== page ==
Ellipsis Theatre’s ‘Twelfth Night’ ends well indeed
ANN ARBOR, Mich.–The Ellipsis Theatre certainly is the little theater company that could. Beset with illness ripping through the cast the past two weeks, including one cast member having to drop out days before the opening, this scrappy band of actors have pulled off a very interesting Twelfth Night in the Yellow Barn space in Ann Arbor run by Theatre Nova.
Twelfth Night, for the uninitiated, centers on twins Viola (Mouse Courtois) and Sebastian (Steven Weed), who are separated in a shipwreck. Viola, passing as a boy, falls in love with Duke Orsino (Markham Isler), who actually loves Countess Olivia (Krystle Dellihue). Olivia, in the dark about Viola’s true gender, falls in love with “him.” It is one of Shakespeare’s most popular and most oft performed comedies.
Director Joanna Hastings has her hands full, but the first thing she did correctly is cast with a troupe of extremely capable actors who have been able to form the net when two castmates went down with a virus and then, in the case of one, pneumonia. Isler is assertive and foppishly arrogant as Orsino. He changes coats and picks up a script to read in for Sir Andrew Aguecheek in all his knightly drunkenness. he separates the two roles nicely. Sean Rodriguez Sharpe was drafted two days before the opening to play Sir Toby Belch, the uncle of Olivia, and does so with confidence and striking just the right tone of exasperating drunkenness without it being a johnnie-one-note performance. Even in scenes between Belch and Aguecheek, we don’t mind so much that the actors are on book. They are strong enough to pull it off.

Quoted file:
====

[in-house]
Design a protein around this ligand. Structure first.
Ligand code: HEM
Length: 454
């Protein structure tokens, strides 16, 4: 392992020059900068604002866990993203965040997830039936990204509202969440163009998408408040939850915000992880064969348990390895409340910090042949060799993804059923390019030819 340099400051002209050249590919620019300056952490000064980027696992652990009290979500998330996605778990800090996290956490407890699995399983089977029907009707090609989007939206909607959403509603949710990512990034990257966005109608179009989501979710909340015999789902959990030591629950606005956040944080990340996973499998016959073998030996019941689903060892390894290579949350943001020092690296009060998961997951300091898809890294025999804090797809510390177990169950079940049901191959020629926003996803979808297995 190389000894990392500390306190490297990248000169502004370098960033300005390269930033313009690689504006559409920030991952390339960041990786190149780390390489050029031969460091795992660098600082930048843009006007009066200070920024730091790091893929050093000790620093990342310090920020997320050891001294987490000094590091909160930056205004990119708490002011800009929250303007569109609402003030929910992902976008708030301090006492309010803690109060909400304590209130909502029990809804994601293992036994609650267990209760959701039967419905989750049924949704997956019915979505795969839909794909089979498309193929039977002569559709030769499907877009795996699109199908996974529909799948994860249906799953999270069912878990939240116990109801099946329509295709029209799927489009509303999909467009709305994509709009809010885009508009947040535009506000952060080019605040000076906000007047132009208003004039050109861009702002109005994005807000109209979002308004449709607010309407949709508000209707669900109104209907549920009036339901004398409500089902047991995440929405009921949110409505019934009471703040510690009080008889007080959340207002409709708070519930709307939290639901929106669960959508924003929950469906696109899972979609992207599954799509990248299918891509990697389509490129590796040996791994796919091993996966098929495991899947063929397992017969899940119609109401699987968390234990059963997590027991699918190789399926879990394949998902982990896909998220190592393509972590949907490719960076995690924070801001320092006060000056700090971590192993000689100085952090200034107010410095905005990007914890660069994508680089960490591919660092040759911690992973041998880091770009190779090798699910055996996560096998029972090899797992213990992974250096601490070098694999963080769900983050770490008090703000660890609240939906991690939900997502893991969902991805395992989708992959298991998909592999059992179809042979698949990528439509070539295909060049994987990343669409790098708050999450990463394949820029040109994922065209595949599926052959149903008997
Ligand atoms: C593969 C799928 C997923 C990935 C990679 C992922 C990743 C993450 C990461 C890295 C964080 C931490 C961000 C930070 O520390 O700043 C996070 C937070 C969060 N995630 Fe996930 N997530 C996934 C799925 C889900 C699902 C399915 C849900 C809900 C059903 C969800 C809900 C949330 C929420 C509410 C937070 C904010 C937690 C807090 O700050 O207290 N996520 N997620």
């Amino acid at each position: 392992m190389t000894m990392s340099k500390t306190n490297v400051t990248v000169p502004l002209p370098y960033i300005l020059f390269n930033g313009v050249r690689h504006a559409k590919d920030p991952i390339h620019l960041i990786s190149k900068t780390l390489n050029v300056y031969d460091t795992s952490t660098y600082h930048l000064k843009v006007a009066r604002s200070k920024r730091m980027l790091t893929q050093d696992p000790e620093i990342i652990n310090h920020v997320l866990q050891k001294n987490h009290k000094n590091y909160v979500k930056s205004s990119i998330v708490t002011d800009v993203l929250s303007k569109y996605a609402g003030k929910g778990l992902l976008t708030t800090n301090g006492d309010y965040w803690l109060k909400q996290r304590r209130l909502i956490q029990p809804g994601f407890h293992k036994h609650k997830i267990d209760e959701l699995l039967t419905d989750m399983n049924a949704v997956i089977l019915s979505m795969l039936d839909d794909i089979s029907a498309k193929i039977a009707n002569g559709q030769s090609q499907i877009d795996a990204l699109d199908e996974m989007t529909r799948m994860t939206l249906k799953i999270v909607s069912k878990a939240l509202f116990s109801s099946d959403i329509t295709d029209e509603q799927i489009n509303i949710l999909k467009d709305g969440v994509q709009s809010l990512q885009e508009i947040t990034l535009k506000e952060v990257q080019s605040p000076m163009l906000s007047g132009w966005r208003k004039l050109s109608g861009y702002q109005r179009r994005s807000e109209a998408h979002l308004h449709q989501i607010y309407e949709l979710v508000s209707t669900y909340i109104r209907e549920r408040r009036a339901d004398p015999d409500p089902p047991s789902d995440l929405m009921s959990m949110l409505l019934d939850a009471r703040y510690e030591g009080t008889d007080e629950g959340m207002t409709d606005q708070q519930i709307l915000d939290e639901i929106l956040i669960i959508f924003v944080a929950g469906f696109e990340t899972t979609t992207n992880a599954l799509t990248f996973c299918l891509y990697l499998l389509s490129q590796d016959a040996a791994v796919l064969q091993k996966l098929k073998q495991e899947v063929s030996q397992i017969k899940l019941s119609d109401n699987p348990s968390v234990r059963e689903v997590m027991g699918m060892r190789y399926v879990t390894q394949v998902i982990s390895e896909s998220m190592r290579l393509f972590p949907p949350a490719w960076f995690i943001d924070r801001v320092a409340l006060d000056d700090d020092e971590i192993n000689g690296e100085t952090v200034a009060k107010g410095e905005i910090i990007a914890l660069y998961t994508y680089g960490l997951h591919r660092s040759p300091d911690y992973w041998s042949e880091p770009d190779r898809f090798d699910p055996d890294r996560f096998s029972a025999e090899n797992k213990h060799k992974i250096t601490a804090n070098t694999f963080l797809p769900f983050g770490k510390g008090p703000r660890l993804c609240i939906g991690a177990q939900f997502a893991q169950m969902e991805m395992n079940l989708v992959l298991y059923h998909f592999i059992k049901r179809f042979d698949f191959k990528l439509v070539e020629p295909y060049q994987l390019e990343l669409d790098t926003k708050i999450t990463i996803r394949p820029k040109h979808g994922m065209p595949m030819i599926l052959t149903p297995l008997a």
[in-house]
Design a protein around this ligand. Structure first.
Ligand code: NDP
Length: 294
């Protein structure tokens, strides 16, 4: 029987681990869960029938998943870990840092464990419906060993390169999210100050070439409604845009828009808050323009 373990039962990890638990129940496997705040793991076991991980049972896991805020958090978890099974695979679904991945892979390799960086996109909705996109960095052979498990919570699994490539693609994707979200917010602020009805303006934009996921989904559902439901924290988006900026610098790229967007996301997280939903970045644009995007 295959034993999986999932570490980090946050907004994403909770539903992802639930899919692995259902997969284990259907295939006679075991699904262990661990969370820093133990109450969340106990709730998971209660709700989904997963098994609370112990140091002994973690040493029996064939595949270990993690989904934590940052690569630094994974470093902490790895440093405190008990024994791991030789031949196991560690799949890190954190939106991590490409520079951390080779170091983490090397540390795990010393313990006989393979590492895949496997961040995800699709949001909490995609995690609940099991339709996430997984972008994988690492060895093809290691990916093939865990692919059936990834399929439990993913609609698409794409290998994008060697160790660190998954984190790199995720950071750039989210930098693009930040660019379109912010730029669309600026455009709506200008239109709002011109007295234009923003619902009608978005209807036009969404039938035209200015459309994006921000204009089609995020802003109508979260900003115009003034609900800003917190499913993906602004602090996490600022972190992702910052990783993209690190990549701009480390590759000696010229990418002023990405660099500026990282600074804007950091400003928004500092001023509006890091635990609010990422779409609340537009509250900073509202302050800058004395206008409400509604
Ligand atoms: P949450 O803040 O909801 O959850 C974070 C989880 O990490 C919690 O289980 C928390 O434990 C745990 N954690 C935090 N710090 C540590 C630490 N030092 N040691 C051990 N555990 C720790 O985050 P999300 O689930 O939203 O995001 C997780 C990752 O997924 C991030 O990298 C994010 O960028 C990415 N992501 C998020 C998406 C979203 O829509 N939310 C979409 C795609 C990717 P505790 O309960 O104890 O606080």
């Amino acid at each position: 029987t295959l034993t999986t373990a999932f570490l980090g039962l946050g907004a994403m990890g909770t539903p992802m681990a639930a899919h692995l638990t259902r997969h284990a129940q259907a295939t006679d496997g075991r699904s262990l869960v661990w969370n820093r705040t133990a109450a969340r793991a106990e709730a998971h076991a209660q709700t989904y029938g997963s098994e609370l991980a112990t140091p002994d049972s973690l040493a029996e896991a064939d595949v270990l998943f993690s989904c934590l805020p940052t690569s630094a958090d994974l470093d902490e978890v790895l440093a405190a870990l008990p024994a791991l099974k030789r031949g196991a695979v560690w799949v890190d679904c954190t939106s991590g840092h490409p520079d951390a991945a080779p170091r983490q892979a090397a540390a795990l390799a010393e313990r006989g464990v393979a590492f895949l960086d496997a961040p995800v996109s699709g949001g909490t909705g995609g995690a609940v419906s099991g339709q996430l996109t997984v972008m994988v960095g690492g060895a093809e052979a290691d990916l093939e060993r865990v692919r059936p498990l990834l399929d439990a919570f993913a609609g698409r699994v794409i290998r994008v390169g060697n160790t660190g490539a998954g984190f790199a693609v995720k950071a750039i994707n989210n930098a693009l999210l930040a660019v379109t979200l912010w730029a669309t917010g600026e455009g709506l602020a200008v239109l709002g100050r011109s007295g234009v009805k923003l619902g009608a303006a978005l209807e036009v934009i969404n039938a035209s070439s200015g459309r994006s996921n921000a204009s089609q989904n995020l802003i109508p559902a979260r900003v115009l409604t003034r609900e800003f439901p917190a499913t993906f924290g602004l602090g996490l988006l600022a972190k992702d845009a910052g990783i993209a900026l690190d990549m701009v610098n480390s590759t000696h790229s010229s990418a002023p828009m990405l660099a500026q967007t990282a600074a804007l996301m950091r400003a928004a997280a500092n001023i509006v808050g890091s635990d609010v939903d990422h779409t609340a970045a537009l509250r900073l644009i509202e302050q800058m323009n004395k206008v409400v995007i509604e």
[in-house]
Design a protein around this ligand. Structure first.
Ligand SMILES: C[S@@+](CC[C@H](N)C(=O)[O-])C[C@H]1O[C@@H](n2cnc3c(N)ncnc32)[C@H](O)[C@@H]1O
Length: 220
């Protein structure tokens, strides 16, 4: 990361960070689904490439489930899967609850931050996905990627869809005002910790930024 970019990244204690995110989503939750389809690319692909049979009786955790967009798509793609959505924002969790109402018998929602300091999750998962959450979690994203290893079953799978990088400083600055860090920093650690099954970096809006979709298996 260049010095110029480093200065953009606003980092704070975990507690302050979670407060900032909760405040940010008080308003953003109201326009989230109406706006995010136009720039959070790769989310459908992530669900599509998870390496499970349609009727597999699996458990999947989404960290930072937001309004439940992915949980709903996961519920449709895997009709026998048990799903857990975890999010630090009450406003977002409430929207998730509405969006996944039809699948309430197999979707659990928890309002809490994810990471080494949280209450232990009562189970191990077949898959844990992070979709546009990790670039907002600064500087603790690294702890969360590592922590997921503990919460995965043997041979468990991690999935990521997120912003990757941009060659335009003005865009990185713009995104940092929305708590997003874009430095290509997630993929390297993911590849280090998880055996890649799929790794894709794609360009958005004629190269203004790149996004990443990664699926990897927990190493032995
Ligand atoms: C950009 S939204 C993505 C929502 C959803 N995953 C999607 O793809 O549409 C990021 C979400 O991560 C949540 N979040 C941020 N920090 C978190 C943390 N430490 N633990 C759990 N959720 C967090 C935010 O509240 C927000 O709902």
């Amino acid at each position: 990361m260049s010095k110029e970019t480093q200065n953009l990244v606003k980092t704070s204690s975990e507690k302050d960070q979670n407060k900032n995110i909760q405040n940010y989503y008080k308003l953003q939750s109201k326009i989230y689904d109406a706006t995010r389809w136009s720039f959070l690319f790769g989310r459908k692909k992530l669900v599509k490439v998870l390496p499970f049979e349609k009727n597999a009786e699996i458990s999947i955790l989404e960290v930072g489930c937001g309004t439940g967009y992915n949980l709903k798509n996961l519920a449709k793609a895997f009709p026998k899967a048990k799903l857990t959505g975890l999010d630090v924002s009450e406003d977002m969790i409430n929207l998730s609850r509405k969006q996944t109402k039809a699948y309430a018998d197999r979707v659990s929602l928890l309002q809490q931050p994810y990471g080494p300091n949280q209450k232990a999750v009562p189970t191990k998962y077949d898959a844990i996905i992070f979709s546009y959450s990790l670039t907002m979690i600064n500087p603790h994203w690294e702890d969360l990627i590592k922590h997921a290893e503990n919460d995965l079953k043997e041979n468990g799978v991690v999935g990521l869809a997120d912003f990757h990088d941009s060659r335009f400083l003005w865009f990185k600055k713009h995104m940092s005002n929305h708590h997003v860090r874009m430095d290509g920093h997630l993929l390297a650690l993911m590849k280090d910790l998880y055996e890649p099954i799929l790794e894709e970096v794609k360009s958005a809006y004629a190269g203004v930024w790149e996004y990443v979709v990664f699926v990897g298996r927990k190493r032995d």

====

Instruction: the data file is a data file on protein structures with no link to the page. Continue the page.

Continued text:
Scott Screws was heard throughout the tiny Theatre Nova space before the performance bellowing “Born in The USA.” It turned out to be a warm-up to an opening song riff on Simon & Garfunkel’s “America” with words changed to reflect the fictional “Illyria.” As Feste, the jester of Olivia’s household, Screws is dead on for the part, looking every bit the Grateful Dead refugee who has lost his motorcycle and is living life on foot, always with a story to tell, and to…well…jest.
This Twelfth Night is set in a modern-day version of New York City. We know this because of the subway sign on the back wall of the set conceived by Daniel C. Walker, as well as the poster of Lady Liberty welcoming the tired and poor to Illyria.
Dellihue rules the roost as Olivia, the wealthy countess. Courtois plays a soulful and androgynous Viola. Andaiye Spencer puts plenty of sweet and sour sauce in her Maria, attendant to Olivia. Breon Canady has fun playing three roles: The Captain, Fabian and the Priest. It is a testament to the creativity of the ensemble that the parts are played so effectively cross gender. Shakespeare would have heartily approved.
Karl Sikkenga as Malvolio, so aptly named, as the oily steward of Olivia’s household, who doth covet his mistress, at times steals the energy of the show with his excellent comedic timing and expressiveness.
All in all, a solid piece of work from this scrappy theater company. ‘Tis a pity that we missed seeing two of the actors and everyone playing as they rehearsed it. But…All’s Well That Ends Well. And it does for this Twelfth Night.